If you have any questions, place a comment through on the post and I will do my best to respond to them in due time.

Best of luck!

Interview: LIV HAMBRETT

I first met Olivia Hambrett under circumstances we’d rather both forget, but which worked out well for us as we both grappled with finding a footing in the creative industries. These days, we work together co-publishing online magazine Trespass, the ‘baby’ we have nurtured and toiled over for the past six months or so and which is now enjoying over 10,000+ views every month. Truth be told, Trespass owes much of its success to this woman who has done so much for it. Here she talks about her writing career so far, and her ambitions for the future.

Your university background is actually in Psychology. Was psychology an original career plan for you, or did you decide in the middle of it that you’d prefer a career in writing?

No, I was always certain I would end up writing. I chose Psychology largely because I wanted to do a broad, more academic undergraduate than straight media, which is the more obvious option for people wanting to go into writing. I was able to do a lot of Ancient History in the arts half of my degree, which is a big love of mine. I absolutely adored Psychology, and choosing to do it as an undergrad, despite having to spend four years saying ‘I am studying psychology but I want to be a writer’ to people who just didn’t get it, was one of the best decisions I made. I also think there is a lot of psychology in writing – knowing what makes people do the things they do is a bit of a treasure chest for an aspiring writer like myself.

Writers that work from home tend to comment about the merits of being able to work their own hours, or work in their PJ’s all day. Is that something that appeals to you, or do you tend to structure your day around a routine to keep you more productive?

On the days that I spend entirely at home, I don’t tend to work within too specific a structure. I start the day by writing out a to-do list, and I pretty much work through that. To-do lists are one of my favourite things in the world. They make me feel needed. I can’t stick to a routine too well, because ideas pop up all the time and I get distracted (easily), and sort of wade into particular project I wasn’t thinking of working on that day, and forget about the other ten open windows sitting on my computer. So, I suppose the closest thing I get t o a routine is a to-do list, and knowing that each day there are certain things I like to get done/need to get done for Trespass. I could probably be more routine-driven, but to be honest, this is the way I know I will be most productive, and I think when it comes to working from home, you need to work around a framework that suits you. With the mag, there is a publishing schedule I draw up from week to week that helps me know what’s going on (and what day it is, and where my head is), but that’s about the extent of it. With creative writing, I tend to work best late at night, when it’s all quiet and there is absolutely nothing to distract me. I try and set aside sessions, and when I am in these sessions, if I’m not feeling it, I still try and get something down on paper. After all, you can edit words, [but] you can’t edit a blank page.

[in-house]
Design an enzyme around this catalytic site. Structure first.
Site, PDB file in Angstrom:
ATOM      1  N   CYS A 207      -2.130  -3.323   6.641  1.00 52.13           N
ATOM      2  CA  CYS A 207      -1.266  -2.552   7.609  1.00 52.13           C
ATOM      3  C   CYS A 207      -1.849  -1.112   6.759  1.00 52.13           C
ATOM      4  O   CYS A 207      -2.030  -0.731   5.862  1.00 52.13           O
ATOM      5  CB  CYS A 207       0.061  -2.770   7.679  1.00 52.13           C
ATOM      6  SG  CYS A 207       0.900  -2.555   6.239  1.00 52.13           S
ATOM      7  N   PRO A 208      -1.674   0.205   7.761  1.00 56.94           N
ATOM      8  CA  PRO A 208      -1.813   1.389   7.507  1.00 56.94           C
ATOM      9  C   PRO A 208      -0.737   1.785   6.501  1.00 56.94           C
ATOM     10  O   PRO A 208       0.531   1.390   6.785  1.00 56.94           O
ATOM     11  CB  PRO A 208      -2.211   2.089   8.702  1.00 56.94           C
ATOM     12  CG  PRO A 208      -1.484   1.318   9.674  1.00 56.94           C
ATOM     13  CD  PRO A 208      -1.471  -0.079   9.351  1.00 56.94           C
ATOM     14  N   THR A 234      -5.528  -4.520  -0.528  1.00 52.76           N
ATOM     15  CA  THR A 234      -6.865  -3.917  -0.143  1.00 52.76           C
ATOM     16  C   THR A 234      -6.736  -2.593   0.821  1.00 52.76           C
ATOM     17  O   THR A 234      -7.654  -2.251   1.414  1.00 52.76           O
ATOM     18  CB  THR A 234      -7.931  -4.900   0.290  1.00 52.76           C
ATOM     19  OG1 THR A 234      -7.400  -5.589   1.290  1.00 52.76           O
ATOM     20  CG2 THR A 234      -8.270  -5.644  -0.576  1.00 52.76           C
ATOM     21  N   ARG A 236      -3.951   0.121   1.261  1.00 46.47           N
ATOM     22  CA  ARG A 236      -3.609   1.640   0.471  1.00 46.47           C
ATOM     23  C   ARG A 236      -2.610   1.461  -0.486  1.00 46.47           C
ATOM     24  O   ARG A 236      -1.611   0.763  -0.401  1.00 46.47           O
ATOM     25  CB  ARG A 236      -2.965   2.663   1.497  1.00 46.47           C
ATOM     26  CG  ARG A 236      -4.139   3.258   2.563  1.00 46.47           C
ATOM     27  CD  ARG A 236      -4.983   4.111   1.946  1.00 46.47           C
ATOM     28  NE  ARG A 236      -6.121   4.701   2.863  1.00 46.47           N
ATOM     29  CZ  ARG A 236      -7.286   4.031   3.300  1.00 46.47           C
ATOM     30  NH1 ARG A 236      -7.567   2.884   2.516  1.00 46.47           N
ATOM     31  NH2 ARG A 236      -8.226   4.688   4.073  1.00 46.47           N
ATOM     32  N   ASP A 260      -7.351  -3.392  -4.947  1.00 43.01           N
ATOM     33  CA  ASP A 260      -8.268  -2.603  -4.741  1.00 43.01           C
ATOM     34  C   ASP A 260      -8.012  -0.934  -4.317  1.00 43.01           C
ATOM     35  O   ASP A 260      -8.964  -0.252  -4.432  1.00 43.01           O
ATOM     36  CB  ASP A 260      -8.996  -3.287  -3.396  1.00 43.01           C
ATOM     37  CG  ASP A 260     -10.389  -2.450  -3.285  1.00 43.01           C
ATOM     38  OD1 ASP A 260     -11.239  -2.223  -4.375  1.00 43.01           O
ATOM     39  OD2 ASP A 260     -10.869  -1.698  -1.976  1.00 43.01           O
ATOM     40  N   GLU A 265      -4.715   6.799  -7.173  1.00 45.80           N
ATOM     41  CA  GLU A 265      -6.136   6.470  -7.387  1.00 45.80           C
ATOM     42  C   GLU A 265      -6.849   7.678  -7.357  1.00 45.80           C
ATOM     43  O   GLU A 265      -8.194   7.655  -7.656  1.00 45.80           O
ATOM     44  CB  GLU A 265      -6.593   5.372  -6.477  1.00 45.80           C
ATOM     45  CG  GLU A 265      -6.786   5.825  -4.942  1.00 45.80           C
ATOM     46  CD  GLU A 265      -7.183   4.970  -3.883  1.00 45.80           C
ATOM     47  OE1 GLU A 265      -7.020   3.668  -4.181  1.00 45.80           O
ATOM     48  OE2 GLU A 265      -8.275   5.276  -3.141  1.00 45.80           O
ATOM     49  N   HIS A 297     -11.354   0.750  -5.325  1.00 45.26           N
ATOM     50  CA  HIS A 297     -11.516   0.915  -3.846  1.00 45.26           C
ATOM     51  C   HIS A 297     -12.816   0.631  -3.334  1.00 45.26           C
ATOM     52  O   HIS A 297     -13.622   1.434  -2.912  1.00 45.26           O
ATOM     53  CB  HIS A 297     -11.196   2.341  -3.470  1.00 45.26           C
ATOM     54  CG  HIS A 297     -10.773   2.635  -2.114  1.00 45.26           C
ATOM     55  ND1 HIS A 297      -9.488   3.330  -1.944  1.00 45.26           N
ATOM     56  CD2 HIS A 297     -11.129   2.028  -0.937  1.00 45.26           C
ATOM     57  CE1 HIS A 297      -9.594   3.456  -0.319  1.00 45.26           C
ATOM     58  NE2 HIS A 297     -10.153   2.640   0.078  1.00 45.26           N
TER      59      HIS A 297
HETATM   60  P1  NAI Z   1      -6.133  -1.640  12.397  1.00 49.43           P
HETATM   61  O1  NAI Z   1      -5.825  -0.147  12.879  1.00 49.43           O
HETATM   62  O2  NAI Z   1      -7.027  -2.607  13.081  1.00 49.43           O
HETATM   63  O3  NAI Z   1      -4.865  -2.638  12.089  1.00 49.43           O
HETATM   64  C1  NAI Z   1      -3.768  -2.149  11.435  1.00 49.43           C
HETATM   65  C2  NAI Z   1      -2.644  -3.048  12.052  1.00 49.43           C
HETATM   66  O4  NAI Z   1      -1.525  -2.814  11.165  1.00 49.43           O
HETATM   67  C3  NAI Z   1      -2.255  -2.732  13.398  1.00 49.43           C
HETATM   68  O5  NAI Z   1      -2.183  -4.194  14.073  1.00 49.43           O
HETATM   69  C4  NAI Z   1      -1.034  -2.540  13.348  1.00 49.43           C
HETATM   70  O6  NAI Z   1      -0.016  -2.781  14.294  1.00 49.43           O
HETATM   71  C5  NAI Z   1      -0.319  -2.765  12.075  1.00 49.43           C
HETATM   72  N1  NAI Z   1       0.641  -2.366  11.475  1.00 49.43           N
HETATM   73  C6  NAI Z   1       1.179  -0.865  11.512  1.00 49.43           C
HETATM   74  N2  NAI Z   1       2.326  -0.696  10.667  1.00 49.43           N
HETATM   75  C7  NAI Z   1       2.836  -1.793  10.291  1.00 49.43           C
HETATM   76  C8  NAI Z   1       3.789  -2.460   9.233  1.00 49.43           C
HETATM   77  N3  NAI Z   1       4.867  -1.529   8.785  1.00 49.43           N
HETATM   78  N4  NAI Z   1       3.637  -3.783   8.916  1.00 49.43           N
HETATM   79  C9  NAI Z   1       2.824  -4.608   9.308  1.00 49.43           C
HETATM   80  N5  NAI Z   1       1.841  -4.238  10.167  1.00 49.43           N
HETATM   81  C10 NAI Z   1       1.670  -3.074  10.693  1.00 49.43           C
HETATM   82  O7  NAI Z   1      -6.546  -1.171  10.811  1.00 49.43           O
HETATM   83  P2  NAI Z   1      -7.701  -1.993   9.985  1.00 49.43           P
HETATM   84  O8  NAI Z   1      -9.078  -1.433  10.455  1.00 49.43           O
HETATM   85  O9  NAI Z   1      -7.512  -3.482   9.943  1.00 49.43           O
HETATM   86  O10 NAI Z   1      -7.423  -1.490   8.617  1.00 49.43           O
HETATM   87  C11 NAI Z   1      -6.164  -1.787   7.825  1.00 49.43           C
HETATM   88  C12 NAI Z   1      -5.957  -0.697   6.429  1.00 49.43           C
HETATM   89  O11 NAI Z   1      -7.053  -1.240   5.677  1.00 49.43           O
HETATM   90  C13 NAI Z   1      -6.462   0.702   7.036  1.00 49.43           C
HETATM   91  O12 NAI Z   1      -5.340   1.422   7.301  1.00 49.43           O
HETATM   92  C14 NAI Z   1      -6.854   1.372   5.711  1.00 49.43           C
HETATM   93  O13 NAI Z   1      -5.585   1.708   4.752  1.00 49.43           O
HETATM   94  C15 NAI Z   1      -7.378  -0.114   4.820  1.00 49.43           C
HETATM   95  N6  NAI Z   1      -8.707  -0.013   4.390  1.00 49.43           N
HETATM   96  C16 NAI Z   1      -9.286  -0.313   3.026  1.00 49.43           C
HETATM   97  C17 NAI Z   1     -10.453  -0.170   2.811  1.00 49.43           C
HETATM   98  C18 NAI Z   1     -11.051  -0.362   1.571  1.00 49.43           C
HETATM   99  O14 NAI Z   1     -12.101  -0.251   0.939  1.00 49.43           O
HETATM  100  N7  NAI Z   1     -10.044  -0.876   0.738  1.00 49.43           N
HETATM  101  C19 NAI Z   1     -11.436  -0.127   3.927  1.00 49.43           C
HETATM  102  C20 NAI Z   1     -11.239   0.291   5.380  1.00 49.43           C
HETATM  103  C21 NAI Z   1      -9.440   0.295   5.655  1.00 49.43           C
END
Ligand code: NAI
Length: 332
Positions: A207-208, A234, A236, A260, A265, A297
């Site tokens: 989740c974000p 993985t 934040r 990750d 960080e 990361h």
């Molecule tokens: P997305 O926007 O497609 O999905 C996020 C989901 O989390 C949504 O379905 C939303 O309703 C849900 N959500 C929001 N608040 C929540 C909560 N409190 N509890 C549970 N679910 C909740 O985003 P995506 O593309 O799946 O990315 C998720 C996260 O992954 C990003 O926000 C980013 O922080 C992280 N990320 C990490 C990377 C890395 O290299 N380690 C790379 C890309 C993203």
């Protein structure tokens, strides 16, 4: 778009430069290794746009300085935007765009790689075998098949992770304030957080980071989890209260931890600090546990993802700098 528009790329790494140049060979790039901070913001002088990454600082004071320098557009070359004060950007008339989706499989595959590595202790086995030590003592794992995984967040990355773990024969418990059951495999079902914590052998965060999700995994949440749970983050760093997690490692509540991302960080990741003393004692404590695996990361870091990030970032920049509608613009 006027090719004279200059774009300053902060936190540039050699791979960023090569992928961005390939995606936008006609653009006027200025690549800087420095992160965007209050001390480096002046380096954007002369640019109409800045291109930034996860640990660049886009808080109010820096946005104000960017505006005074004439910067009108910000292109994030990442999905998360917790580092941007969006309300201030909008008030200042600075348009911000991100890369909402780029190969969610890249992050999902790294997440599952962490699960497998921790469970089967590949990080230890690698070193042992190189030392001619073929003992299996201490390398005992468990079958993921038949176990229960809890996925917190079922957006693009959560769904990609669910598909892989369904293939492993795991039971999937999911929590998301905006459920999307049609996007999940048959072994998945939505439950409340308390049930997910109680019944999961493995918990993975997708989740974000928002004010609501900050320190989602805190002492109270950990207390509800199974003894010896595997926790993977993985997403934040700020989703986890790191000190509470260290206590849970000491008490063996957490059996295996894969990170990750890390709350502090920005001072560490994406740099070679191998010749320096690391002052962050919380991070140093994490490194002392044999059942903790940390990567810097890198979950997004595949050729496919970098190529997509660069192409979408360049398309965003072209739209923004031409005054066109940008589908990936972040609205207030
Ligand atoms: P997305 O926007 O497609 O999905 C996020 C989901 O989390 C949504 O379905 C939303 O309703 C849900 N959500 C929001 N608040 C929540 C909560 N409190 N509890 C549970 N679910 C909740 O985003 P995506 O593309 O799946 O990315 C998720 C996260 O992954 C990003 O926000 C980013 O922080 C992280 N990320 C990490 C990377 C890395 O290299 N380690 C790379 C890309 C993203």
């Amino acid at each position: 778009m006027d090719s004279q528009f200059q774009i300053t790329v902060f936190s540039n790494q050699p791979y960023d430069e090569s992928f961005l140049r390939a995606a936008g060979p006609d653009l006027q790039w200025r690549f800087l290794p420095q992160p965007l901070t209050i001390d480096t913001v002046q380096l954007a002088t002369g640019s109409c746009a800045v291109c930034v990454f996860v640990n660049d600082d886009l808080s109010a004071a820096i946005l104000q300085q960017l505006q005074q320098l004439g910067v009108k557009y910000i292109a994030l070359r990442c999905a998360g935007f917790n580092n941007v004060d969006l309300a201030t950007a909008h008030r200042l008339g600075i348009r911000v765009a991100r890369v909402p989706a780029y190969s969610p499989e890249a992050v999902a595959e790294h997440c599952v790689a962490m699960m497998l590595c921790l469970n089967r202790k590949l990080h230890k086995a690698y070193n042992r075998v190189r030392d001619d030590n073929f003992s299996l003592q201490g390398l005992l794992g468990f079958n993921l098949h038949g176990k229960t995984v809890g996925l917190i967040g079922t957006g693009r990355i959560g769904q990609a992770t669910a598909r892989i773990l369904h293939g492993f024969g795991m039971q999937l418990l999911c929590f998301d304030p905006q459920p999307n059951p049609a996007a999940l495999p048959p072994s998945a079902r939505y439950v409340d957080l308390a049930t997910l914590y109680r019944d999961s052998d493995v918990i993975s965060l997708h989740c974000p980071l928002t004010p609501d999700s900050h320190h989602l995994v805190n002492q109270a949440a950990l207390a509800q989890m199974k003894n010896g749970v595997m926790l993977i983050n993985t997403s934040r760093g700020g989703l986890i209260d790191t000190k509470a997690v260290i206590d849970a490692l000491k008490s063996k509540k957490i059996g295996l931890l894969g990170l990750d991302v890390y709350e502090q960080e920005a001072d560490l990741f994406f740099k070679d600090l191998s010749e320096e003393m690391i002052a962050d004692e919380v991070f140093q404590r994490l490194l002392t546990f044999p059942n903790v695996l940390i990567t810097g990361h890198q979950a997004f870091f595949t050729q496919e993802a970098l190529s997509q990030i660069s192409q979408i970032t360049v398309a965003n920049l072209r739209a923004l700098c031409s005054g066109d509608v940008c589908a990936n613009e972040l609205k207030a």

You have recently started your MA in Creative Writing. How does this postgraduate, and creative, course differ from your bachelor degree? Do you think you like it better?

I’m actually about to finish it, I’m in my final semester. The MA is a terrific balance – it’s a split between Theory and Creative, with a major writing project replacing the usual MA dissertation. In terms of being different to psych – well there’s not a hint of anything remotely mathematical/scientific, which I struggle with enormously. Plus, there is a lot more freedom and flexibility, particularly in terms of my major. With that, however, comes heightened expectations, both with the comprehension of the Theory, and with the level of writing I’m producing. The creative workshops were brilliant – my advice to anyone wanting to really get into creative writing, is sign up to a class – bouncing your work off other people, whilst scary at first, is the best thing you can do.

Of course, in the middle of this, you also co-launched, and continue to co-edit Trespass Magazine. What was that experience like? Do you feel a sense of accomplishment when you see its readership continue to grow among its global audience?

Oh I love Trespass. And I am so proud of her. I absolutely feel a sense of accomplishment watching her readership grow. One of my favourite parts of Trespass, is working with our writers – I have met some very smart, very talented people, and editing their work has helped me develop as a writer.

You also do a little bit of copywriting, mainly writing the newsletters for a number of organisations. Does this help in bringing a little more money while you do the more creative/free-falling parts of the job?